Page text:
Three things advisers need to decide post Royal Commission

Reading the research report released last week from Adviser Ratings, it appears up to 14,000 advisers may leave the industry in the next five years - post findings from the Royal Commission and upgraded education standards from FASEA. 

It also means $900billion of net client assets will be in transition, according to their research.

To me, this seems like an opportunity for advisers who are in it for the long term. Whilst it will be tough for those who decide it’s not for them anymore, the resulting process will open a massive window for remaining advisers to attract new clients.

This opportunity however, will only be realized by those advisers who know exactly what type of adviser they are, and what kind of clients they want to service.

The report makes a good point - that advisers servicing an ageing population have very different needs, procedures and skillset than those advising millennials and a new generation of Australians looking for advice. I imagine both types of clients will be in transition.

So if you are in your business for the long term, and want to get ahead of the game to capture growth and help more Australians get quality financial advice, here are three things to consider in order to position yourself for growth.


1.  What business are you running right now? Is this the business you want?

Sometimes the only way to change is by creating a strategy for the future and pointing the ship in that direction. No change in any business happens overnight, and the reality is that over the next five years there is going to be plenty to keep advisers busy - even just with compliance and business as usual. But if you know you want to service a younger client than you currently do, start thinking about what tools you need and how you could communicate to a different client set. Then you can collect the tools and data you need over the coming years, rather than scrambling over months.


2. Can you collaborate with outgoing advisers now?

We all know there will be a massive drain of knowledge and talent if 14,000 advisers leave our industry. If you know anyone that is thinking of leaving over the next five years, how you can capture their knowledge and provide them a legacy to leave with? Most people want to know they have made a difference and this could be part of it.


3. Can you plan ahead for resources?

Finding talent is hard to do, and if you are planning on growing your client base you need to find the right people to help. Doing so over years - not months - is the right way to go about it, and allows for a realistic timeline to train people and figure out which ones work and which don’t. Not all will, that’s the law of people.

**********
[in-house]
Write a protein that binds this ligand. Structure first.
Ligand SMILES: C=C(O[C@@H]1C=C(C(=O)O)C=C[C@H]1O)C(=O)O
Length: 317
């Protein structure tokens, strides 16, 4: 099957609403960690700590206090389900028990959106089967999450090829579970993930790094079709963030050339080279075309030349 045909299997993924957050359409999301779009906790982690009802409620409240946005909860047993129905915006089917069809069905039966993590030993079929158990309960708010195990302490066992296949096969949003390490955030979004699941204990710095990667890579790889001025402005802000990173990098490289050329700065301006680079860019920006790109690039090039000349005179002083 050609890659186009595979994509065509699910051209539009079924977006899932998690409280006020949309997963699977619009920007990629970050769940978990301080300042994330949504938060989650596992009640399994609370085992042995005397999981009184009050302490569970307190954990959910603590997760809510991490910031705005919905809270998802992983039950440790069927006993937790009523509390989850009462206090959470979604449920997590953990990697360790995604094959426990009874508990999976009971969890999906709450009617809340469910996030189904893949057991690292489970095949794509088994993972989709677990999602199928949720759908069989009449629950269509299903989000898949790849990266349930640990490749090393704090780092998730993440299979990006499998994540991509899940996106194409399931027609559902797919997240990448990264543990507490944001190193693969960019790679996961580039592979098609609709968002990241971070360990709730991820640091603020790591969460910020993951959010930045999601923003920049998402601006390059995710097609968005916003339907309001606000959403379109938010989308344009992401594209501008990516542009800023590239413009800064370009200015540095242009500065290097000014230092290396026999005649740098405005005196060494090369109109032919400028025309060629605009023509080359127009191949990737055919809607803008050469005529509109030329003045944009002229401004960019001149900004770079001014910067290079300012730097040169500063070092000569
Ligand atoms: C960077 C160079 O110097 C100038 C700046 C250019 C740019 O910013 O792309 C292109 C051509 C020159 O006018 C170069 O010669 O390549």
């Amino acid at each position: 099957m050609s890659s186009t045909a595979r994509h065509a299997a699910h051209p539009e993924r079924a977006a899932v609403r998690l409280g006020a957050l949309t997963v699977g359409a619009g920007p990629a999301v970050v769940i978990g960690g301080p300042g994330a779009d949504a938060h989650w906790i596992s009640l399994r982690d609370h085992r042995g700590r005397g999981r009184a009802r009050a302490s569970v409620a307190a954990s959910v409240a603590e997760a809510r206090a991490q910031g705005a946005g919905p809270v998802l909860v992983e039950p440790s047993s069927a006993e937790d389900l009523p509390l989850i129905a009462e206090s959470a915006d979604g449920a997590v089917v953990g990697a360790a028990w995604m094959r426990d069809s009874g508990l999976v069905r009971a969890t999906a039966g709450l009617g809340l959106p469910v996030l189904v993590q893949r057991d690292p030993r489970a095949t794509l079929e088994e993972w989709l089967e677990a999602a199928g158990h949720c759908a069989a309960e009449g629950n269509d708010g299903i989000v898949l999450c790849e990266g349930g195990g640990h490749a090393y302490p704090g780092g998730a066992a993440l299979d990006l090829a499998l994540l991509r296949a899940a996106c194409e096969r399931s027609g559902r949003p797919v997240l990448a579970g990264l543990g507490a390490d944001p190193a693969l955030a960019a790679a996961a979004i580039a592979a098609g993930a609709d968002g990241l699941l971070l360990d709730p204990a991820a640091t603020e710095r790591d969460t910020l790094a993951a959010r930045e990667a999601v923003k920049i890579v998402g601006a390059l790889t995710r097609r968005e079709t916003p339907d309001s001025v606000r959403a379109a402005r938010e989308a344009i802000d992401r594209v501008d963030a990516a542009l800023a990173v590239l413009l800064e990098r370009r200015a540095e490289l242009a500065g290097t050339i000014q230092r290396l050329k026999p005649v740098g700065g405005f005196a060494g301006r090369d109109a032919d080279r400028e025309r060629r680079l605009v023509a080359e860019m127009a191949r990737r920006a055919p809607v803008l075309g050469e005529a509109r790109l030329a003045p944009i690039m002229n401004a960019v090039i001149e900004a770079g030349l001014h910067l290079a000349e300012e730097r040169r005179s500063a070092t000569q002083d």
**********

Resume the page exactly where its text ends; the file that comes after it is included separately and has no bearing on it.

Of course there are a dozens of other things to consider for advisers looking to stay and grow in the business long term. No More Practice Education is committed to bringing you experts, learning and tools to help you do so.

As always, thanks for your support. We believe in what you do wholeheartedly.

Until next time,



The opinions expressed in this content are those of the author shown, and do not necessarily represent those of No More Practice Education Pty Ltd or its related entities. All content is intended for a professional financial adviser audience only and does not constitute financial advice. To view our full terms and conditions, click here.

Graeme Glossop


The two issues that are front and centre is education and the business model. Financial Adviser that continue to sub contract all of the services they offer are doom to failure. They have no control over the client nor their cash flow. Clients are starting to wake up to the idea that Financial Adviser are just taking money without providing a proper service and this partly due to the business model of having no underlying cash flow. The business model needs to change where the business is creating a cash flow each year by providing a professional service rather than relying on clients commissions to keep them afloat. The financial service business must have other services such as accounting, finance brokering, business consulting to succeed.

Ian Hamilton Hamilton


Vanessa, whilst i read some of your articles, it is not all of them. I would receive about 30 emails a day, from various houses that want to spread there opinions on there funds, products, services and many other issues. I have just read yours today and yes after 27 yrs, I am hoping to exit rather soon. It is a terrible inconsistent environment we have to work in, for every great piece of advice out there on a daily basis unfortunately there are many more not warranted as even sufficient. The clients will just stay with the industry funds they know and to hell with the large institutions, they are not trustworthy at all. The difference in compliance , standards and actual benefit to a retail client.... from one practice to another to an "In house Licensee "makes hockey look like polo cross. it is not where i want be anymore, I have pride in my 27 yrs of constant change and more survival. i am not in a position to retire but will hopefully find a nice little opportunity in something else. PS I also bought the Breakfast Club for 40 somethings.

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